The five forces analysis of regional airline industry
- Consumer’s bargaining power
In this case, the major airlines are presumed to be the consumers for the services of regional airlines. In this respect, there is a strong competition flanked by the regional airlines for consumers due to small number and size of consumers available. Subsequently, the consumers bargaining power becomes high as a result of high supply.
2. Suppliers’ bargaining power
Basically, the regional airline industry suppliers are mainly the manufacturers of airplanes and other aircraft materials. Notably, the manufacturers available for regional airplanes are not many. Such manufacturers include Aeronautical SA and Bombardier among others. Subsequently, these suppliers have a greater influence in regional airline industry thus they can supply their products at a high price without reducing the demand of the regional airlines (Hitt, Ireland and Hoskisson 55). In other words, the suppliers gain a bargaining power as a result of low supply to a high demand of the airline industry.
3. Threat of entrants
The regional airline industry has barrier to the entry of new players in the industry. This barrier is greatly influenced by large capital investments of airlines in the industry in terms of large number of airplanes. Moreover, the industry is also well protected from the entry of new players by government through effective interventions and regulations, influenced by the extra costs incurred to airlines as a result of the 9/11 attack.
4. Threat of substitutes offering
Generally, the regional airline industry has various substitutes that may pose threat to its competitiveness. For instance, consumers may opt to use cars, buses, trains or ships instead of airplanes. In this regard, if threat emanating from substitutes offering is high, the regional airline industry may be affected negatively in terms of low profits potential. Consequently, the industry growth may stagnate if the threat from the substitutes offering persists.
5. Rivalry among competitors
The regional airline industry is characterised by intense competition among the players. As a result, competition and other factors such as low consumer demands lead to rivalry among the competitors in the industry.
After analyzing the five forces, the attractiveness of the regional airline industry is at stake. This is evident since four out of the five forces are not favorable for the industry to develop competitiveness.
Forces driving change in the regional airline industry
Technology and innovation
The strategic decision making of regional airline industry to adopt new technology has played a significant role of changing the industry. For instance, the players in the industry adopted new technologies in the procurement, supply and stock control. In addition, the players in the industry also automated their various system including distribution and sales processes, a move that facilitated faster transactions and services to the customers. Consequently, this resulted into greater economies of the scale among companies in the industry, facilitating a stronger barrier to entry of new players and favored the survival of small airlines in the industry. Basically, this contributed to eradication of threat of new entry to regional airline industry. Moreover, through technological innovations such as the internet, the industry was able to transact directly with the customers in terms of selling air tickets to them. As a result, the industry managed to reduce the bargaining power of suppliers through lowering the agents’ commissions. According to Doganis (123), technological advancements also play a crucial role of shifting substitute threats away. In this respect, through technological advancement, the regional industry has been able to improve efficiency of their operations thereby enabling them to offer affordable prices to the customers. This results into a competitive advantage over the substitutes offerings, thus maintaining customers and attracting new ones.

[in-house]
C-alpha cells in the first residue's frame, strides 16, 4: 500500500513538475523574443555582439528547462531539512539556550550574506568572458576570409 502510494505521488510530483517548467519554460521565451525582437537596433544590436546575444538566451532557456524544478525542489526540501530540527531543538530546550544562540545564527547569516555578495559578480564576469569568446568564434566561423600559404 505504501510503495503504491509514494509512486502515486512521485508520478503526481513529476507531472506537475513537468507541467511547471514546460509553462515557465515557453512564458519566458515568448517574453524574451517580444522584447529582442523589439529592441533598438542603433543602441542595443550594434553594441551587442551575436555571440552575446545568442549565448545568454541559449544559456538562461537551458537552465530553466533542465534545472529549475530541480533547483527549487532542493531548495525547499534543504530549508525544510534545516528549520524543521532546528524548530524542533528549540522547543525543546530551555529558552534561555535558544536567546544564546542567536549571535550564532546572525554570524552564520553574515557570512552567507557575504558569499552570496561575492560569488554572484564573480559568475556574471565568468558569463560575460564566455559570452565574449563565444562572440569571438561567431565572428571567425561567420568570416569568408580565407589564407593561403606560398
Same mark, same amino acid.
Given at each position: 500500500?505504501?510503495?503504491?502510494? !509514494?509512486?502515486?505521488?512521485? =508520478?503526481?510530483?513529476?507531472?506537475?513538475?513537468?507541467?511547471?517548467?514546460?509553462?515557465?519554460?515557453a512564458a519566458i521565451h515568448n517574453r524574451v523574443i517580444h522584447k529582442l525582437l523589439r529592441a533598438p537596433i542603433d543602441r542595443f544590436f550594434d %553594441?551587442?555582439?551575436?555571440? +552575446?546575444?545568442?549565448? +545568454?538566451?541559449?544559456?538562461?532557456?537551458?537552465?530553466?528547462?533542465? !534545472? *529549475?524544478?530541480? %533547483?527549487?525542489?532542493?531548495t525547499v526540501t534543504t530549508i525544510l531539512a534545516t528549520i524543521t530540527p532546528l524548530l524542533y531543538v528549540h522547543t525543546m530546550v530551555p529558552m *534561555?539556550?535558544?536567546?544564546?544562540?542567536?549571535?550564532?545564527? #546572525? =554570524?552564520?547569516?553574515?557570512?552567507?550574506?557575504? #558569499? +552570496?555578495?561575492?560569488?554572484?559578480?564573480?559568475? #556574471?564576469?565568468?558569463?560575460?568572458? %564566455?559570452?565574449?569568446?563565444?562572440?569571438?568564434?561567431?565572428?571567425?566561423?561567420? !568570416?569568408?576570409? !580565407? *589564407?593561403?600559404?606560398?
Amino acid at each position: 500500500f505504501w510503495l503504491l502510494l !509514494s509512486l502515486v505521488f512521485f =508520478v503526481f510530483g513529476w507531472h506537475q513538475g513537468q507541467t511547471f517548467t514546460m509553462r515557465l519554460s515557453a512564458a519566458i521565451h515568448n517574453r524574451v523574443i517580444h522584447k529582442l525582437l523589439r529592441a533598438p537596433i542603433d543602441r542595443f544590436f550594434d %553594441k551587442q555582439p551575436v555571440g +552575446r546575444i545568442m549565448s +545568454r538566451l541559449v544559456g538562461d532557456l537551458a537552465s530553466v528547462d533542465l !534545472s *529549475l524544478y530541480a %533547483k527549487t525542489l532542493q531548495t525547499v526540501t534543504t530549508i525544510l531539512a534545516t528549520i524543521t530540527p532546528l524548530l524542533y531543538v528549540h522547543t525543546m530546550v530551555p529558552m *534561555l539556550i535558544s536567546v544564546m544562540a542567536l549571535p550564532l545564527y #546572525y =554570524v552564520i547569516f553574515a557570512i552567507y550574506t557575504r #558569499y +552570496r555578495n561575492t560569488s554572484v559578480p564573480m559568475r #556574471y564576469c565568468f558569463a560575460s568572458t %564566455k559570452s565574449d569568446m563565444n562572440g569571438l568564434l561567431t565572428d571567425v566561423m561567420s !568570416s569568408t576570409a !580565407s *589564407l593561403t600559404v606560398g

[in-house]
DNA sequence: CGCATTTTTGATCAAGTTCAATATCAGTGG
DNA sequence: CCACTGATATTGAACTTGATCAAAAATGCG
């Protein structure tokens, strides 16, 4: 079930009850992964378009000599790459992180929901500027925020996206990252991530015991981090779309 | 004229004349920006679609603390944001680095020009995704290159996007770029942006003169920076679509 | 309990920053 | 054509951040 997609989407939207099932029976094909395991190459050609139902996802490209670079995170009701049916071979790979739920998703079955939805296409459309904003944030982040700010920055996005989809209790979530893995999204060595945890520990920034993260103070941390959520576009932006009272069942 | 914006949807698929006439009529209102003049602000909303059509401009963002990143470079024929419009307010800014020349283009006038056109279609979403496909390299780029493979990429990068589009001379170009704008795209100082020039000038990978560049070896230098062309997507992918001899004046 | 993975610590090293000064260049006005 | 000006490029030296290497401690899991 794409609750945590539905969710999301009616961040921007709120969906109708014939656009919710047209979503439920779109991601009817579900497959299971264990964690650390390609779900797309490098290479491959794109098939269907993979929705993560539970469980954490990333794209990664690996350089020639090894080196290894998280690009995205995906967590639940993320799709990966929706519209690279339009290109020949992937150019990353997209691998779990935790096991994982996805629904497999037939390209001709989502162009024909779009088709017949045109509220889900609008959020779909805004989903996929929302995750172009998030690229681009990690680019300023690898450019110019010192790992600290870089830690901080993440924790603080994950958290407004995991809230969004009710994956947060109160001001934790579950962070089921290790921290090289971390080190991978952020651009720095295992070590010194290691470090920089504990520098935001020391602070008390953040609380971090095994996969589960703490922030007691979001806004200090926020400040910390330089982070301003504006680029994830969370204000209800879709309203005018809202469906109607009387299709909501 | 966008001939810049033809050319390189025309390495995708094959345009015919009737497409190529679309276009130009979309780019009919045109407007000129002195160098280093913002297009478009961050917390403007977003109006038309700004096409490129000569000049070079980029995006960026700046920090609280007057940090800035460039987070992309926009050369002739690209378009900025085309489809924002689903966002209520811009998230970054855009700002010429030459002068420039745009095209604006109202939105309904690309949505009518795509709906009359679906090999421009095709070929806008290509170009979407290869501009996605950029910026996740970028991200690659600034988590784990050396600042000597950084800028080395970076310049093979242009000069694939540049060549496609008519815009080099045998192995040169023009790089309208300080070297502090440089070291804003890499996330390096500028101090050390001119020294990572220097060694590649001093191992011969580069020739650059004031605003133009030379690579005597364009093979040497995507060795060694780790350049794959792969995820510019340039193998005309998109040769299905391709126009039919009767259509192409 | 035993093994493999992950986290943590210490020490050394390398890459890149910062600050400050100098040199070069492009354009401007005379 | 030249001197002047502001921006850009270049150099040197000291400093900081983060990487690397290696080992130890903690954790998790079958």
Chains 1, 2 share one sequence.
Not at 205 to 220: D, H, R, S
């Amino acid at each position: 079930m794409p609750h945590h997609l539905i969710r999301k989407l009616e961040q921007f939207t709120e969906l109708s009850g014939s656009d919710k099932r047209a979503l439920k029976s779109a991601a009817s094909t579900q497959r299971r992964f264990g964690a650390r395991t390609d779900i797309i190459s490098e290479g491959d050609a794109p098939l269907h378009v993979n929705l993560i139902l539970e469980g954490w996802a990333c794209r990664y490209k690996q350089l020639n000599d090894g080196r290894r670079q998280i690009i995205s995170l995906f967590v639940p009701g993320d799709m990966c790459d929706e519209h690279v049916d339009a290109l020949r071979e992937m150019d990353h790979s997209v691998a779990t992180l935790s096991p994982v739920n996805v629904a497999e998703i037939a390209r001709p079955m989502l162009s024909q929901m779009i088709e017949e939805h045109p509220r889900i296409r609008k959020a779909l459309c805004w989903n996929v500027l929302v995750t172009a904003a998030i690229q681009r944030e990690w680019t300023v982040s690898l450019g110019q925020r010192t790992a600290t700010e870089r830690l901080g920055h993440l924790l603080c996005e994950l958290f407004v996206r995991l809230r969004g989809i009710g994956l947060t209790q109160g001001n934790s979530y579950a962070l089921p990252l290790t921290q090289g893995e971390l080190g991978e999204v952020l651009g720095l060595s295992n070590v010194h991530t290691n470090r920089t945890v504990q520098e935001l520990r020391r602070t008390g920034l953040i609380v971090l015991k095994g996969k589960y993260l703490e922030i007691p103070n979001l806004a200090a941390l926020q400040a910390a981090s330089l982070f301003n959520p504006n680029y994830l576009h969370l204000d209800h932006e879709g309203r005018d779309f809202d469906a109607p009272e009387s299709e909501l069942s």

Government is also another major driving force of change in the regional airline industry. In this respect, government has intervened in regional industry through various policies and regulations. For instance, the patent policy has enhanced the barrier to entry in the industry. Similarly, following the 9/11 attack, the government intervened imposed strict regulations in the industry which also facilitated a stronger barrier to new players (O'Connell and Williams). On the contrary, some government policies facilitate union activities which in turn may increase bargaining power of the suppliers and reduce profits potential simultaneously.
In terms of analysis, these forces may contribute positively to the attractiveness of the regional airline industry. This is because these forces help to increase the industry competitiveness by strengthening the five forces of competition.